June 10, 2020 —A personal perspective from Shenell Hinton, Kendal at Oberlin’s Director of Clinical Services and Nursing.
A few days before Kendal shut its doors in mid-March because of COVID-19, a health forum was underway in our auditorium. Residents had questions about the looming pandemic and I and a few other staff members stayed afterwards to answer their questions and hear their concerns.
We assured them that the Kendal staff, with an “all-hands on deck” approach, would do everything we could to keep them safe and comfortable. You would do anything for your family, wouldn’t you? Well, that’s how we feel about the 350 men and women who call Kendal home.
Since that day, we have worked tirelessly to put best pandemic practices in place by providing our staff with training, education and personal protective equipment. “Remain super-vigilant on your infection control practices, watchful and mindful,” I tell my staff so they can proceed with confidence for the task at hand, which is to care for our family.
Focus on Vigilance
Every night I send out an email with updates and include inspirational quotes like this one from Socrates: “The secret of change is to focus all your energy not on fighting the old, but on building the new.” Our focus is to instill faith in their abilities, hope for a better future, and to spread loving kindness throughout the community.
Every afternoon after Gov. DeWine’s press conference the leadership team meets on Zoom to review protocols, make changes and answer questions submitted by residents. Like many other retirement communities, we are laser-focused on the situation at hand and nimble, ready to switch gears if needed.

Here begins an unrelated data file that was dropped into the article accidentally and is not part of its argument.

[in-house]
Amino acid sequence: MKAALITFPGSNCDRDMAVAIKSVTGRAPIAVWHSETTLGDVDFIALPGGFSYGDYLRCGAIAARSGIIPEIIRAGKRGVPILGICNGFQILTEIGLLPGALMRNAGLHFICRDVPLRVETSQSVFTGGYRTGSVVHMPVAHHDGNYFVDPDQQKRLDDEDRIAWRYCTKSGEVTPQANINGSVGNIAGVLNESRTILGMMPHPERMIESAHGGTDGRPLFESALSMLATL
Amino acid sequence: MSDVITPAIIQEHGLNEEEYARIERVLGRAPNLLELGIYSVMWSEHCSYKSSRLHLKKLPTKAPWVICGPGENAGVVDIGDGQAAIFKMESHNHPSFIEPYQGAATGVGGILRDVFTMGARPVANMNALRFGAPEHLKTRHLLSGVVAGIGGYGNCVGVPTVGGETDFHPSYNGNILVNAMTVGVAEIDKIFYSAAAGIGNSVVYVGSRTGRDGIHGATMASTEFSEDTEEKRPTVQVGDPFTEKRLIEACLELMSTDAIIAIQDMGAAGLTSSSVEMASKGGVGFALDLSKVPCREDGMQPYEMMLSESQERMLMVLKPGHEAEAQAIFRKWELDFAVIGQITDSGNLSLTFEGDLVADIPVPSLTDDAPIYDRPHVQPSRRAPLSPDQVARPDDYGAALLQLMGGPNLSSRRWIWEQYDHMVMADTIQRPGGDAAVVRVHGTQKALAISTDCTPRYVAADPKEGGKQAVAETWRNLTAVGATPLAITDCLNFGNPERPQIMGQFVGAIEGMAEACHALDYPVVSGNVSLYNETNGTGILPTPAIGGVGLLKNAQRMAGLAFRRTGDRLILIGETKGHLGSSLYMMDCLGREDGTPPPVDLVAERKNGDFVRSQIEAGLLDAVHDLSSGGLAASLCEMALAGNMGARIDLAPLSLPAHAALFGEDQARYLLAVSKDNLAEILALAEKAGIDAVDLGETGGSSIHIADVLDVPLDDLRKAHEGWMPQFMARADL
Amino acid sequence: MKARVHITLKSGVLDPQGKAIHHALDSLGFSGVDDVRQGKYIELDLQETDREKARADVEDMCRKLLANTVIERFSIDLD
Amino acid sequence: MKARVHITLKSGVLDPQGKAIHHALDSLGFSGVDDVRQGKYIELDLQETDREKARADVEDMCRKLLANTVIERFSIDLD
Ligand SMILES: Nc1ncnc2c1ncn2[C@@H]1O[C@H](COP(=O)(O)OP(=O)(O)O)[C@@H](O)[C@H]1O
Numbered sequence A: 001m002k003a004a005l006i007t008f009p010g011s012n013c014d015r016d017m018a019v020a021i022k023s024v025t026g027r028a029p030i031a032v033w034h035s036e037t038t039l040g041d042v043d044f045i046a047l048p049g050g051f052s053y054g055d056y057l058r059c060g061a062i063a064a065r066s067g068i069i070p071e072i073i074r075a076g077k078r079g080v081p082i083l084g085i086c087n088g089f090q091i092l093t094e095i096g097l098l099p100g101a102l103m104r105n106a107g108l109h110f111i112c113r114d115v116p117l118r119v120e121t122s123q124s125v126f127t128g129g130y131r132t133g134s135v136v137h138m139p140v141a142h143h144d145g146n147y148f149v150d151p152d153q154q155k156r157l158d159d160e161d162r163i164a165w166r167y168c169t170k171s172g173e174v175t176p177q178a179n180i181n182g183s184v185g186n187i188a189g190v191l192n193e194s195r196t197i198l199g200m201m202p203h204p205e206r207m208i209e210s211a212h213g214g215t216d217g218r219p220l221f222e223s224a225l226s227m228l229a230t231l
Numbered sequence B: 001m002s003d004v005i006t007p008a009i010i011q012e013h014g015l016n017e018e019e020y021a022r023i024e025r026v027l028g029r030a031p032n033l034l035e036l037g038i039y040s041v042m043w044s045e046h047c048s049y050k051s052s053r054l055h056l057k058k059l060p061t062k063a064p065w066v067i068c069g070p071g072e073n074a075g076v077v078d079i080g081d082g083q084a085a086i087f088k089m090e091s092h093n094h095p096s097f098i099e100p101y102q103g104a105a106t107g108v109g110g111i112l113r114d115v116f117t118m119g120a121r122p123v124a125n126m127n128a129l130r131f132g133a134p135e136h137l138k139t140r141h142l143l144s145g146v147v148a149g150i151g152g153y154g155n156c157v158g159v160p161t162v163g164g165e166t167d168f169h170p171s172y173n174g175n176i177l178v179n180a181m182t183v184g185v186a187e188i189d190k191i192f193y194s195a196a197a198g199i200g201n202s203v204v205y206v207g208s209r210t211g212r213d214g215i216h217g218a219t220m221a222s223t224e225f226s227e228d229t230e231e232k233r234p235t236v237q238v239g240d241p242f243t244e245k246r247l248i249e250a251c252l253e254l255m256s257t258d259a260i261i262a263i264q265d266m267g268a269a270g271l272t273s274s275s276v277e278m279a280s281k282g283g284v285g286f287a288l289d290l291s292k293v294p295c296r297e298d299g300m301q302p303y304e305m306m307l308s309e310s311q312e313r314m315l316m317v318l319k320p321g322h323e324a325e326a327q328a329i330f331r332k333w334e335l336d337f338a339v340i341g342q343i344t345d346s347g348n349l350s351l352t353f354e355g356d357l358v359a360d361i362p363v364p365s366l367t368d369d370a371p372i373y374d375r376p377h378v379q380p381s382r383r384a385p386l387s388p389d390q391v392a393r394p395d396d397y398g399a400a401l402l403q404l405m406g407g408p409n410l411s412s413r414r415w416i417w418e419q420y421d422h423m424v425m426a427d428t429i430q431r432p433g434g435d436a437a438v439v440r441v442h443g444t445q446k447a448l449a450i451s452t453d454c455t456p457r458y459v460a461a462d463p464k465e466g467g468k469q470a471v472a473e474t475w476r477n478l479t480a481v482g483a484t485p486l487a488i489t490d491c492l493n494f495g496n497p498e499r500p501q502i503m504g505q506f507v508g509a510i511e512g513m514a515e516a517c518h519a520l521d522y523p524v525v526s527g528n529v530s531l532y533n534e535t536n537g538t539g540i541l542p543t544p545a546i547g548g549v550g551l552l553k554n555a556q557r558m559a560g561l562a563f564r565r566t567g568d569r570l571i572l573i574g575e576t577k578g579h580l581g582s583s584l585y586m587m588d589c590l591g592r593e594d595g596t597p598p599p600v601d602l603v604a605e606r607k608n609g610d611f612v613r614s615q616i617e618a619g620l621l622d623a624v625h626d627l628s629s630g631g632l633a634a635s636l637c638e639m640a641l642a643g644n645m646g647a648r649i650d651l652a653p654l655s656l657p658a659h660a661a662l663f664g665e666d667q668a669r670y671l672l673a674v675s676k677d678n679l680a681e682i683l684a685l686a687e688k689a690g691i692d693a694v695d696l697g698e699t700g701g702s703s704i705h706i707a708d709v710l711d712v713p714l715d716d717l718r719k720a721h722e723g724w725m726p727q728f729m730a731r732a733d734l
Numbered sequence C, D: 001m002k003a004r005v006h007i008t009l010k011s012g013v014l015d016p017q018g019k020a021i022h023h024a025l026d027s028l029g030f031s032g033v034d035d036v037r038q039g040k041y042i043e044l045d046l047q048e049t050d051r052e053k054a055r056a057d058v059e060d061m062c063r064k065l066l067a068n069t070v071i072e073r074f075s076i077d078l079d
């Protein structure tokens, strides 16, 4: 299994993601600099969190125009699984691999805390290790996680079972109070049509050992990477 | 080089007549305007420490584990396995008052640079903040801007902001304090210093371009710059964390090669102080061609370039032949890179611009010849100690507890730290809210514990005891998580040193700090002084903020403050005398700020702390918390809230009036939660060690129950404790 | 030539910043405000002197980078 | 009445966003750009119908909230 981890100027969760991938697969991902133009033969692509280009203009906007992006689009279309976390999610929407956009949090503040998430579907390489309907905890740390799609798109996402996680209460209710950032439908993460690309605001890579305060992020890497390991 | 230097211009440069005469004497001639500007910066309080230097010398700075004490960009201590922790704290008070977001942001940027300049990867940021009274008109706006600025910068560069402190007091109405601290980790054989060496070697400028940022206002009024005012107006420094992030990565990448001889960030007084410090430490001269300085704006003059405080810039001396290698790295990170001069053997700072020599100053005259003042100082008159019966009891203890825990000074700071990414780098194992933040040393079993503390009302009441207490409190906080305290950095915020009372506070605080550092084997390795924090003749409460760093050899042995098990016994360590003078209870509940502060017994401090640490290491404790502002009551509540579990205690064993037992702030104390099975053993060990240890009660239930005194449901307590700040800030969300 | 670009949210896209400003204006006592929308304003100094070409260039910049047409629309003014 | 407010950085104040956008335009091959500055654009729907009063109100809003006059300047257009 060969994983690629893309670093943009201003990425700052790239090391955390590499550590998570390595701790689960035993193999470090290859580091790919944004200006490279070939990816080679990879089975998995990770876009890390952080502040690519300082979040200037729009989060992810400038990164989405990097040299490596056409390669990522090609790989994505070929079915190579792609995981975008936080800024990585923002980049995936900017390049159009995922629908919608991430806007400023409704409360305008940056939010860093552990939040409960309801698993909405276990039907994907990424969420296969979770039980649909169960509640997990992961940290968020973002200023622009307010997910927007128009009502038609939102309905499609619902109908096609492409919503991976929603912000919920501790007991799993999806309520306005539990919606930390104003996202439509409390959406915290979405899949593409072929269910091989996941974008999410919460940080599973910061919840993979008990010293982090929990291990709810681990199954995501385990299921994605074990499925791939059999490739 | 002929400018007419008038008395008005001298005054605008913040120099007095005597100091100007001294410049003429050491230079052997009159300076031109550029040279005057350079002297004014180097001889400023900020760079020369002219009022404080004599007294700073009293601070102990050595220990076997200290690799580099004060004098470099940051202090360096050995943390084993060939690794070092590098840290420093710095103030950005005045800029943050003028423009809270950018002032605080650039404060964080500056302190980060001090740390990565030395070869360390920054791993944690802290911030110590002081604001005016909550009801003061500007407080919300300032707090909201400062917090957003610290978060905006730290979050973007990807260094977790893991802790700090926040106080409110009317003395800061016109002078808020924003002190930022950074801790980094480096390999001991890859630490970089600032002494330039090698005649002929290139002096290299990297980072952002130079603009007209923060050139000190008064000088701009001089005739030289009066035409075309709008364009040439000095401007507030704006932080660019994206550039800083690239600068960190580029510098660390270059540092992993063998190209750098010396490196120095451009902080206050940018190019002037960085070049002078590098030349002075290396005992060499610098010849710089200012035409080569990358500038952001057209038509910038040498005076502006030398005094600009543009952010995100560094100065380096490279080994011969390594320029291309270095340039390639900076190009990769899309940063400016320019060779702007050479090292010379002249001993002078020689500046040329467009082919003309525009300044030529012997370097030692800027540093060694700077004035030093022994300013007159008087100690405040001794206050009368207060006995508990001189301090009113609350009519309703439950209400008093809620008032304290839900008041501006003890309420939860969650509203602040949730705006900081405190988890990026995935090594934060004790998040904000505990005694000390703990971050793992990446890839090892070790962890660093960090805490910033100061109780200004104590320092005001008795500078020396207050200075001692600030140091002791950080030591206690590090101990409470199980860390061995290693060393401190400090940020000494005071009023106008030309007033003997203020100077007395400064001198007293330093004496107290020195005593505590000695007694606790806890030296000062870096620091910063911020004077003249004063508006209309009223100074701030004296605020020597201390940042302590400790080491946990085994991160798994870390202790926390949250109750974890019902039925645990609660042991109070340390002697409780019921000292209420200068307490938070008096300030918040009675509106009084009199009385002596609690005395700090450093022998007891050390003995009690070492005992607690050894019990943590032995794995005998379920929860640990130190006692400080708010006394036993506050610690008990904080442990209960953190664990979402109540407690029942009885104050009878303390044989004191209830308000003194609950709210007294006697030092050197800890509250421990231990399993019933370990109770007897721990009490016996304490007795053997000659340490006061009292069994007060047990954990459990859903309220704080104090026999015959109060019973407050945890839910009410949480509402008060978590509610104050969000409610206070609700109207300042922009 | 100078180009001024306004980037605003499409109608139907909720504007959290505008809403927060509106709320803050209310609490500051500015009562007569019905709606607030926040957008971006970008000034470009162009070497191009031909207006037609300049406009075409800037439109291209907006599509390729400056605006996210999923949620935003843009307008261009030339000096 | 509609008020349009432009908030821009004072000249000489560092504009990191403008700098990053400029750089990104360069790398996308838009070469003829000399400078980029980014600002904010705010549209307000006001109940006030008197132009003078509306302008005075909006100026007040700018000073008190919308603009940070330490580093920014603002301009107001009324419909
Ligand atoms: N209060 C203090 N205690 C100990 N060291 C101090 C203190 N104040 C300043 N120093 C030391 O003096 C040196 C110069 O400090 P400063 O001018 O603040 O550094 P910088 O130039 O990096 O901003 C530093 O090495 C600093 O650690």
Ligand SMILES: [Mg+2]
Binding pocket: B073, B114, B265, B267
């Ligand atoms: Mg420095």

To date we have not had a confirmed case of COVID-19, but we have a Pandemic Alert Team in place to activate quickly and a Pandemic Alert Area set-up with 5 private rooms. We see this as a result of diligently focused efforts and good fortune, as many stories of long-term care infections are more a reflection of an insidious virus that can hide itself asymptomatically for days than any deficiency in infection control practices. In the long-term care field, we have always been at the frontlines of protecting our elderly population and will do whatever it takes.
We have relied heavily on our local partnerships with Lorain County Public Health, Mercy Hospital and other health care organizations to develop a strong, holistic approach in caring for our residents.
Compassion in Action
One of the best ways to describe Kendal’s response is compassion in action. We know this is a frightening time for our vulnerable older adults, especially those living in long-term care communities, and we want to bring peace of mind and comfort in any way we can.
We post daily updates on our website to keep residents and their families informed and include inspirational passages. We help residents set-up family gatherings on Zoom and other social media and call them weekly for a wellness check, and more. “We miss you, we love you, you mean the world to us,” we tell them.
In early May, Kendal launched the “New Normal Planning Committee.” Together, residents and staff have been meeting weekly to plan a phased and safe reopening to community life.
We know that community life will change, but one thing won’t change at Kendal. We were founded 27 years ago based on Quaker values and practices. Equality. Integrity. Community. These are not just words to us. They are at the core of who we are, and they will continue to be long after the pandemic.
“We’ll be better together and stronger forever after COVID-19” – that’s what I tell my family.